Ask any gardener their favorite season and some will say spring because its the first chance to get dirt under the fingernails and see some color after a long gray winter. Others will say fall because its the traditional harvest season and the last chance to see flower blooms prior to the winter dormancy period.
While asters like the coneflower and chrysanthemums or mums remain the mainstays of many fall flower gardens, many annuals can bloom in either spring or fall, depending on the planting schedule. For fall flower garden lovers here’s a look at five fabulous fall garden flowers. All are easy to grow, and in many instances they do double duty as either cut flowers or indoor flowering plants.
In many areas of the United States Gentian in bloom signals the waning of the summer season, making it a perfect fall garden flower. Gentian seeds and seedlings are readily available for gardens across North America. Native plants grow at all altitudes from sea side to mountain tops. Checking to insure potential garden choices match individual garden environments provides the greatest assurance of successful cultivation.
The top picture shows Newberry’s Alpine Gentian (Gentiana newberryi var. newberryi), the less common of the two varieties of Gentiana newberryi. It grows in a couple of high elevation locations in the Southern Cascades of Oregon and Northern California.
Red to purple spots on the petals compliment the cobalt blue flowers. Hikers finding find the right alpine meadow, can view hundreds in bloom.
Picture two shows the Seaside Gentian, another popular flower commonly found along coastal areas of Florida (not to mention other areas of the United States.)
Popular house plants as well as small, colorful additions to a fall garden, Cyclamen make their way to North American gardens via their native Eurasian, Mediterranean and North Africa home bases. Careful handling often results in months of blooms.
Growing tips depend on the particular variety. Some species, for example, thrive in partial shade, making them perfect companion plants for garden corners or next to trees or shrubs that might soak up most of the sun in the area.
Outdoors most species grow best in USDA Zones 5 to 9.
Literally dozens of flowers plants in the daisy family (Asteraceae), thrive in fall gardens. Gardeners looking for something new might want to think Dahlias, the national flower of Mexico.
Although characterizes as warm weather plants, recommended for gardens in USDA zone 7 and higher areas, with the exception of the heat and humidity of South Florida and South Texas Dahlias grow in most areas of the United States. In high frost areas, they are grown as annuals, otherwise, plant them and enjoy then perennially. Their summer and fall blooms brighten up many gardens until the first frost sets in.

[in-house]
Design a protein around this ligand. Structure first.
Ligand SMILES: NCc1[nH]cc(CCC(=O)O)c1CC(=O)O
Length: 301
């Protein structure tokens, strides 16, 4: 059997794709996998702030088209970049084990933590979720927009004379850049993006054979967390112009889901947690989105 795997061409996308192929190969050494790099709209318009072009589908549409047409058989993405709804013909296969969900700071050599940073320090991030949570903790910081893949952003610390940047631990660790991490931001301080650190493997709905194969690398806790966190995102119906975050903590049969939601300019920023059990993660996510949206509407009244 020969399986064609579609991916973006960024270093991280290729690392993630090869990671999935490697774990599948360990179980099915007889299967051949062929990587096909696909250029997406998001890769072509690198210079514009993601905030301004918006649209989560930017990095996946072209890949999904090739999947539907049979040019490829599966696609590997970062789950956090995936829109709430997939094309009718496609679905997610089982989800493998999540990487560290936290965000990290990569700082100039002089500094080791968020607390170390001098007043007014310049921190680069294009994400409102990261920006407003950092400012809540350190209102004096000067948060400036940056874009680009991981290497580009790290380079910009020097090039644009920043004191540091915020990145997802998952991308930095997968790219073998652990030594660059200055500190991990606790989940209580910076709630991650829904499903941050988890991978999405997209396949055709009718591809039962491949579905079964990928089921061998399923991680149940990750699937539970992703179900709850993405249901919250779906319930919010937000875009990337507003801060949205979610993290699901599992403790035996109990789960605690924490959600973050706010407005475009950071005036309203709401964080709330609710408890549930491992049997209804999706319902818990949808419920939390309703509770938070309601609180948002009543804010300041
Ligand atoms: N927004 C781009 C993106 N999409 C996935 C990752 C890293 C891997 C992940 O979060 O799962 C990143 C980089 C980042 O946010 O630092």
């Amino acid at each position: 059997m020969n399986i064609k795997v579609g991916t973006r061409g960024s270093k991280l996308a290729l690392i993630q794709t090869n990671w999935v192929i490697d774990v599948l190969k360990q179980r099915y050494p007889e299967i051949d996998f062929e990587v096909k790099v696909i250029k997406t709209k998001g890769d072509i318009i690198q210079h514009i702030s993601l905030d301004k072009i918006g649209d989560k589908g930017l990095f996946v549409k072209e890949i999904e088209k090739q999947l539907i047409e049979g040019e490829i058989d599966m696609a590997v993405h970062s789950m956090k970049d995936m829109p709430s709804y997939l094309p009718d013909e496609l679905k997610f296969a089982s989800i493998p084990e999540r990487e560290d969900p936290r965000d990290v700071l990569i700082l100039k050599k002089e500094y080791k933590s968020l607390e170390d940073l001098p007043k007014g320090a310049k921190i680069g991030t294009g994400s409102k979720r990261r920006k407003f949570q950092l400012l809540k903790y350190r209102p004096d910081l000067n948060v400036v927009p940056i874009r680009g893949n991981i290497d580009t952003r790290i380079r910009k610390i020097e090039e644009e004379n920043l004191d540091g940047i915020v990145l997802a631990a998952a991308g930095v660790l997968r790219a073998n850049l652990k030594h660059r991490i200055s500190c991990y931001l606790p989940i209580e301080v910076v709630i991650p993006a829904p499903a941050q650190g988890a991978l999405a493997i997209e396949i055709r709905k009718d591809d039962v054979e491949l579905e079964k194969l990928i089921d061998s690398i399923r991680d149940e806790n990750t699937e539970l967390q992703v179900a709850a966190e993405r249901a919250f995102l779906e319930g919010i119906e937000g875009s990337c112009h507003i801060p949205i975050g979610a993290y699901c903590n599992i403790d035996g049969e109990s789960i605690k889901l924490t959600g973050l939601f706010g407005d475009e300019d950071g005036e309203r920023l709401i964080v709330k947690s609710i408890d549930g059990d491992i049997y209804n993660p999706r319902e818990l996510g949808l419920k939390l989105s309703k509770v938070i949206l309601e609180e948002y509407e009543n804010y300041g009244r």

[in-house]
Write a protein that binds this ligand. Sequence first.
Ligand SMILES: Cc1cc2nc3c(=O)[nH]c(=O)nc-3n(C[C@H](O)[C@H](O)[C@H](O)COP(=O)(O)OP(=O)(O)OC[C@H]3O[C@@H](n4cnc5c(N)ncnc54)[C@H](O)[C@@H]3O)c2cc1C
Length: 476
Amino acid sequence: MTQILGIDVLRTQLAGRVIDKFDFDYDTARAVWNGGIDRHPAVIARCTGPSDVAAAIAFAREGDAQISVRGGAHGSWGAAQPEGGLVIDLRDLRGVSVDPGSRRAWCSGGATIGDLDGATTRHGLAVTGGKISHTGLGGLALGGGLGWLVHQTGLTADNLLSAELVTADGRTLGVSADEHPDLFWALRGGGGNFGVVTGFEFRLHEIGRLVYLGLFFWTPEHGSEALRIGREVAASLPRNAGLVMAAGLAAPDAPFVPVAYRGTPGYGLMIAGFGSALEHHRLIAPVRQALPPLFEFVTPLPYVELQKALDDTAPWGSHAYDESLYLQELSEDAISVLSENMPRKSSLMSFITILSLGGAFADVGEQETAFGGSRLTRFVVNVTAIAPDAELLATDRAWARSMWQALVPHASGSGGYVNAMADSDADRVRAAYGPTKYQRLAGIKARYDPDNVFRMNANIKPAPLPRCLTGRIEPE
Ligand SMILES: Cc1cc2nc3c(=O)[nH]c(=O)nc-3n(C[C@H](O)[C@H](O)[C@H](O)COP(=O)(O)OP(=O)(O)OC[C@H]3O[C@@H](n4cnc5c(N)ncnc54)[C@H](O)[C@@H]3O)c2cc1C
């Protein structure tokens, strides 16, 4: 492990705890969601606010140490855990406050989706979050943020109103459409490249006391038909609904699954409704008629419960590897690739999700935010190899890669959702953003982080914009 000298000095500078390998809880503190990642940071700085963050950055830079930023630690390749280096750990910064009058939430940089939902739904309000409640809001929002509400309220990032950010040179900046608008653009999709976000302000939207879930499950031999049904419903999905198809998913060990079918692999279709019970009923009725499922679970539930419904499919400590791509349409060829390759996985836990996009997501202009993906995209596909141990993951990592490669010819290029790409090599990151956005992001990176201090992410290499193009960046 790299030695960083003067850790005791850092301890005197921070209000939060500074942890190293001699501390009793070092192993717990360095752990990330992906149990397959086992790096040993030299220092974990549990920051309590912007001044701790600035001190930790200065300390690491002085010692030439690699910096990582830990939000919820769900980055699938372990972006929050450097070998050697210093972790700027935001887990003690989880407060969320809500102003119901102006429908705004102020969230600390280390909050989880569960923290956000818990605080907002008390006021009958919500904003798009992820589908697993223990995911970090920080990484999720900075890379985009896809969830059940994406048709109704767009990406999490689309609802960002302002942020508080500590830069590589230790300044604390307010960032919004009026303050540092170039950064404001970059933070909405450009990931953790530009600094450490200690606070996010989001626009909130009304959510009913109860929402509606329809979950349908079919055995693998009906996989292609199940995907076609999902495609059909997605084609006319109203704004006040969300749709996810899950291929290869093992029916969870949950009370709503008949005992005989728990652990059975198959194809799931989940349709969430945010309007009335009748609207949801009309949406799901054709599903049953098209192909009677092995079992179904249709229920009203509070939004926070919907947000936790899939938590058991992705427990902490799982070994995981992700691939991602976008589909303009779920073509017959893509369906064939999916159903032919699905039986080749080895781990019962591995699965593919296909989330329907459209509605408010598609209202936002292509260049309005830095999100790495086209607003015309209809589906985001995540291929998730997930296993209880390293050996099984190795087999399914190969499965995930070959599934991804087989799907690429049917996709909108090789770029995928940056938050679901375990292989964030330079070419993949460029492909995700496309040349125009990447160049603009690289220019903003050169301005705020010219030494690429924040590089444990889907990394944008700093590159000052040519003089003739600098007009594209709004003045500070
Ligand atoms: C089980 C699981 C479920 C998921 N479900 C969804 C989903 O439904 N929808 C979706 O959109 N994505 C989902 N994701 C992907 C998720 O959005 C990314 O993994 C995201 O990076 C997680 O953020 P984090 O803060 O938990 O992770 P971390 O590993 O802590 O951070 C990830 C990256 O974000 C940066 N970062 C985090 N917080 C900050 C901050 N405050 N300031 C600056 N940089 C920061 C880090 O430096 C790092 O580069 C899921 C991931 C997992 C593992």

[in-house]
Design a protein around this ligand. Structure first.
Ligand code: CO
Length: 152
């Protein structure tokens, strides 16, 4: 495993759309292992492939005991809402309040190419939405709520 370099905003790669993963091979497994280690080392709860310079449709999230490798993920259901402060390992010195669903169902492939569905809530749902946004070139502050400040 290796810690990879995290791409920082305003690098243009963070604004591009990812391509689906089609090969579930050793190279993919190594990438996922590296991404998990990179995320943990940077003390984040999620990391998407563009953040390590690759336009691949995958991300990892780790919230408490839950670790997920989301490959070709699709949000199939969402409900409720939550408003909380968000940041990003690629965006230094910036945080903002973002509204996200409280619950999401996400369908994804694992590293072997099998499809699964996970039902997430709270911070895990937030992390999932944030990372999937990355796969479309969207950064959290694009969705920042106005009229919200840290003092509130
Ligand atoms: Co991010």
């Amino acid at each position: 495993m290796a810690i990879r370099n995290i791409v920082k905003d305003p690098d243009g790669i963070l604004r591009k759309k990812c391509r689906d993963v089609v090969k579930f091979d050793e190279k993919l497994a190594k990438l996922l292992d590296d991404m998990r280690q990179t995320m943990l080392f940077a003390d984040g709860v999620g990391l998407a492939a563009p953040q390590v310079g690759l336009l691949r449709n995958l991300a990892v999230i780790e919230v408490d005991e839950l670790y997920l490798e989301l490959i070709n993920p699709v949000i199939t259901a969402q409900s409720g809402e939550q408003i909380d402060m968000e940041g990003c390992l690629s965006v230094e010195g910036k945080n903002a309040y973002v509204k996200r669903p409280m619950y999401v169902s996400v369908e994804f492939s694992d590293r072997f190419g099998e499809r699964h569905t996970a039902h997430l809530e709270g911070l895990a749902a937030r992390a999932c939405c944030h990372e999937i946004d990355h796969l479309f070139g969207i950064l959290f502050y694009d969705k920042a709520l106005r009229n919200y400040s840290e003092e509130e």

Their popularity translates into hundreds of varieties, ranging from daisy to sunflower size, with colors ranging the full spectrum being available for consumers. Many of the varieties also make an indoor splash as a centerpiece of cut flowers.
General growing tips include planting them in high sun areas with slightly acidic soil.
Fuchsia: a genus of flowering plants in the Evening Primrose family (Onagraceae), count over one hundred different species, most native to Central and South America.
Generally Fuchsia grow in temperate climates, not too hot, not too cold. Many perennial varieties bloom in the fall, producing beautiful shades of pink, red, white and/or purple. Pruning them back after the final flowering helps keep them flowers year after year. West Coast coastal areas provide optimal fuchsia growing conditions, making them a favorite fall garden flower. They attract hummingbirds.
Adding to their utility, a handful, other varieties also make great basket flowers, adding color to patios, porches and indoor settings. Soil conditions, water and fertilizer schedules for potted fuchsia depends on the variety, otherwise, most varieties grow well in partial shade. Removing or cutting back the flowers after the peak of their bloom encourages new flower development.
Gladiolus, native irises from the Mediterranean area and Southern Africa, also find a home in many North American gardens. In fact, hundreds of years of cultivation means multiple varieties of their colorful spikes of flowers now grace gardens around the world.
While Gladiolus are popular summer flower, in USDA zones 6-8, their colorful, statuesque presence compliments a fall garden filled with asters. Depending on the variety and climate conditions, it takes between two and one half to three months to compete their growth stage through flowering. July and August corm plantings should produce flowers from September to October, or the first frost.
They grow perennially in Mediterranean climates. Gardens in colder zones support annual growth. Long stems with multiple blooms make them a popular cut flower.